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Historic Covered Bridges in Lancaster

July 27, 2020

Historic Covered Bridges in Lancaster

What is it that fuels our fascination with covered bridges?  Are we amazed by the architecture, or impressed by the builders’ ingenuity?  Could it be the beautiful back roads and scenic landscape we experience on our way to the bridges?  Or do we simply long to step back in time to the days when horses ruled the roads?

Whatever you find appealing about covered bridges, you will experience it in spades here in Fairfield County!  Many people are surprised to learn that our region is home to more original covered bridges than any other place in Ohio.  Bridge enthusiasts from all over the world come to explore our 17 historic covered bridges.  

One of the most interesting aspects of covered bridges is their construction.  Covered bridges are suspended structures.  Rather than relying on the earth to support them, they hang through the use of a truss system.  A truss system is a series of timbers constructed to support one another while carrying the load that crosses the bridge.  An examination of the many bridges in Fairfield County reveals that a variety of truss systems were used.  Some of the most common were kingpost, multiple kingpost, and queenpost.  

Covered bridges have names.  Most often, they were named after the farmer or property owner on whose land they were built.  Occasionally, they were named for the location in which they were built.  The names can change over time as property owners may change.  Sometimes the location of the bridge changes, too.  Fun fact: only four of the county’s covered bridges are still in their original locations!

Scattered throughout the city of Lancaster, you will find several of these amazing historical structures.  Let’s take a closer look at them.

George S. Hutchins Bridge

This beautiful bridge features a multiple kingpost truss system.  It once spanned Clear Creek, in a location close to Zane’s Trace.  It was reconstructed at Alley Park as part of the Fairfield County Bicentennial Celebration in 2000.  Its canopy (window) was added during the reconstruction in order to allow visitors to enjoy the beauty of Lake Loretta.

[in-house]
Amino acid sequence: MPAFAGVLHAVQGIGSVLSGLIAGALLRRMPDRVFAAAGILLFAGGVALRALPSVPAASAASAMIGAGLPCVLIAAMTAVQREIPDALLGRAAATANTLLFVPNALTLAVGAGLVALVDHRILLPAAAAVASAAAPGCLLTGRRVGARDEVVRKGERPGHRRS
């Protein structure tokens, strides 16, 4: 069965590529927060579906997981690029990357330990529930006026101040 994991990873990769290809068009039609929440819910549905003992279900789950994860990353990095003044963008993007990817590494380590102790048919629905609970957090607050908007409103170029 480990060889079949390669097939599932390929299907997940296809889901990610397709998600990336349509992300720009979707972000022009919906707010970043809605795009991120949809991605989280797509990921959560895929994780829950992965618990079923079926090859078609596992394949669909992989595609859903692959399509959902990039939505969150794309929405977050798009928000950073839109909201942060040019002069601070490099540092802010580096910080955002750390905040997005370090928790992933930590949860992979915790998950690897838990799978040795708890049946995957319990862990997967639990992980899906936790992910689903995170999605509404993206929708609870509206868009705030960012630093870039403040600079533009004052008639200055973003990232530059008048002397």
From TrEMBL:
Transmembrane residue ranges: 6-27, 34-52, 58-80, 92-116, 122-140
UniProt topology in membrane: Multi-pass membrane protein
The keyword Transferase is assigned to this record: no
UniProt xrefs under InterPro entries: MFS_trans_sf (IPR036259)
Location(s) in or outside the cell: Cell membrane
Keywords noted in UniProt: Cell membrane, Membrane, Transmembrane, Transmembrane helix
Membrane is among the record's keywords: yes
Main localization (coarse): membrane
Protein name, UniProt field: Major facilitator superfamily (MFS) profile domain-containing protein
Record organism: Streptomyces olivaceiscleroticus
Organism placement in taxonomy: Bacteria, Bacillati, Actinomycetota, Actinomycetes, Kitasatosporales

John Bright #2 Bridge  

A red covered bridge.

From the name, we can assume that Mr. Bright had at least one other bridge on his property.  This bridge features a very rare reverse bow string truss system.  Folks from this area know the bridge well, as it serves as the gateway to the Lancaster Festival concerts at Ohio University.

McCleery Bridge

The McCleery covered bridge.

This was the first bridge built by the region’s most prolific bridge builder, Jacob “Blue Jeans” Brandt.  It was saved from destruction and preserved by the Walter family.  The bridge now spans Fetters Run and is a popular spot on the Lancaster Bike Path.

Are you interested in learning more about the covered bridges of Fairfield County?  If so, you can check out the Covered Bridge Trail Guide, available online here or at the Visitor Center (158 W. Wheeling St., Lancaster).  With the guide, you can take a drive through the scenic backroads of Fairfield County and explore some amazing historical structures. 


Be sure to take photos of your adventures!  You can tag us @VisitFairfieldCounty and use #VisitFC and #FCBridgeLove.  Visit Fairfield County runs Covered Bridge Photo Contests throughout the year, featuring prizes for the winning entries.  Find an interesting angle or lighting, or have your crew pose while having fun on a bridge.  Post and tag your photos with #FCBridgeLove during contest dates for a chance to win!  Follow Visit Fairfield County on Facebook and Instagram for all the details.

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